Fonds voor Wetenschappelijk Onderzoek (FWO), 2011-2015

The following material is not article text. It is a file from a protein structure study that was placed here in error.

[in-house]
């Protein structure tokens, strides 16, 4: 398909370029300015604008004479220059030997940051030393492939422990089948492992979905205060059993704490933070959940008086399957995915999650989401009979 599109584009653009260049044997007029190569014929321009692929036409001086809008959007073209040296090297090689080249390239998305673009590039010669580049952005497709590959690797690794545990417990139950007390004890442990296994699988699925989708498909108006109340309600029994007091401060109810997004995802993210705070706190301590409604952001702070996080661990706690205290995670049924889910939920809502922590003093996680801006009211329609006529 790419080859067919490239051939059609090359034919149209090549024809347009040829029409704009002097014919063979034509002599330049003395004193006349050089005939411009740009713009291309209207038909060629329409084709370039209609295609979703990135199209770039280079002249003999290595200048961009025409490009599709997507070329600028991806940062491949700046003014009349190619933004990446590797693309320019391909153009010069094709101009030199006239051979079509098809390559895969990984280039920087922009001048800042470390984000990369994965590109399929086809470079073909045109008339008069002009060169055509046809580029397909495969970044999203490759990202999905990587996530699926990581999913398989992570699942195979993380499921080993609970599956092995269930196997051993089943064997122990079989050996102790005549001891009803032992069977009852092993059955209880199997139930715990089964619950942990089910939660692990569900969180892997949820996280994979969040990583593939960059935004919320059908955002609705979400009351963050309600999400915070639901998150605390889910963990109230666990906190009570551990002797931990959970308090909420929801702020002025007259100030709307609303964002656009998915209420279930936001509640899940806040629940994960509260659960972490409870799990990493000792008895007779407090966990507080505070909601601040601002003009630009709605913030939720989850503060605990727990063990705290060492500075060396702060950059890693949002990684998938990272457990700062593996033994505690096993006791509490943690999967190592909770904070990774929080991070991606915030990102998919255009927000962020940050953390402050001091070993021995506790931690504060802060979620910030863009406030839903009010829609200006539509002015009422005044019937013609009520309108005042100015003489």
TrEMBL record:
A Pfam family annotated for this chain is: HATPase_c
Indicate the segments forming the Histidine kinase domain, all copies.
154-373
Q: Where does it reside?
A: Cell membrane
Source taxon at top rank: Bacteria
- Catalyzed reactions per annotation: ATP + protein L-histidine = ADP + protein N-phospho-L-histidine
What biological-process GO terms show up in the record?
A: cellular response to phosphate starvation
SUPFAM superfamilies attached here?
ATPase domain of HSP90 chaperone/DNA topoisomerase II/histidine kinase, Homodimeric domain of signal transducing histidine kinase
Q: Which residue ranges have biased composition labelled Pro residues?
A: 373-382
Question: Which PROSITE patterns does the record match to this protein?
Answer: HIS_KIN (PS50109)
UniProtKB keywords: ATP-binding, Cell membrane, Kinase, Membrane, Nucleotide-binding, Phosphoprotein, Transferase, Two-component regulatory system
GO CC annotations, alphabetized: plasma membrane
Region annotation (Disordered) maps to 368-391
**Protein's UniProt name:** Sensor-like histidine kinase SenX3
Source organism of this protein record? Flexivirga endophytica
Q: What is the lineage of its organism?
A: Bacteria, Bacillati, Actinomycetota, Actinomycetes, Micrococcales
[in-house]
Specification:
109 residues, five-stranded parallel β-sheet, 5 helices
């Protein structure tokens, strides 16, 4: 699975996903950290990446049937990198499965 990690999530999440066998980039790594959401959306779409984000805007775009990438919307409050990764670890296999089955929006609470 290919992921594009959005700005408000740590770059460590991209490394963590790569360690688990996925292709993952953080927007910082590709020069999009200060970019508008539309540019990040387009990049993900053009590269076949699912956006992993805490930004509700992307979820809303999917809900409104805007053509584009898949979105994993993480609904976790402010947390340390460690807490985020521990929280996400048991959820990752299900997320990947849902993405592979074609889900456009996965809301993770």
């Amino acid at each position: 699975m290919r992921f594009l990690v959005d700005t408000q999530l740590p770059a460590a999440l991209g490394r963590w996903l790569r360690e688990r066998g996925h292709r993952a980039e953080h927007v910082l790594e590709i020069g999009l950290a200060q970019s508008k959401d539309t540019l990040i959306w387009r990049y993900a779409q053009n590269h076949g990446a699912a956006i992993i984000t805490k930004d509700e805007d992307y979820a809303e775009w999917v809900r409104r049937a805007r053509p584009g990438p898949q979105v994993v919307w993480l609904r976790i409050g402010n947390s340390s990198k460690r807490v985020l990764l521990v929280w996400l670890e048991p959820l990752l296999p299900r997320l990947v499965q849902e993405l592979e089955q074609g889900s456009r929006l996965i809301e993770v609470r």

Historians generally acknowledge that broad layers of early modern society made abundant use of civil adjudication to arrange their social and economic relations and interests. If litigation was indeed as central to early modern community life as recent research has established, the question of to what extent urban households that belonged to the socially lower groups participated in litigation has particular relevance not only for legal history, but also for social, economic, political and cultural history. If they did take part, they must often have made use of the pro bono procedure, which allowed them to wage a lawsuit free of charge. The central question of this project is to what extent these urban households had access to urban juridical courts in the early modern Low Countries. It will be determined which urban households made use of the pro bono procedure at local juridical courts, and why they used them, throughout the early modern period. This research will be carried out for towns in the Low Countries, which historians allege offered particularly good public services. This research will assess the extent to which householders among the urban population really could access the court system by assessing the relative social inclusiveness of the urban litigation community. In doing so, it will substantially improve our understanding of social relations in the early modern urban context.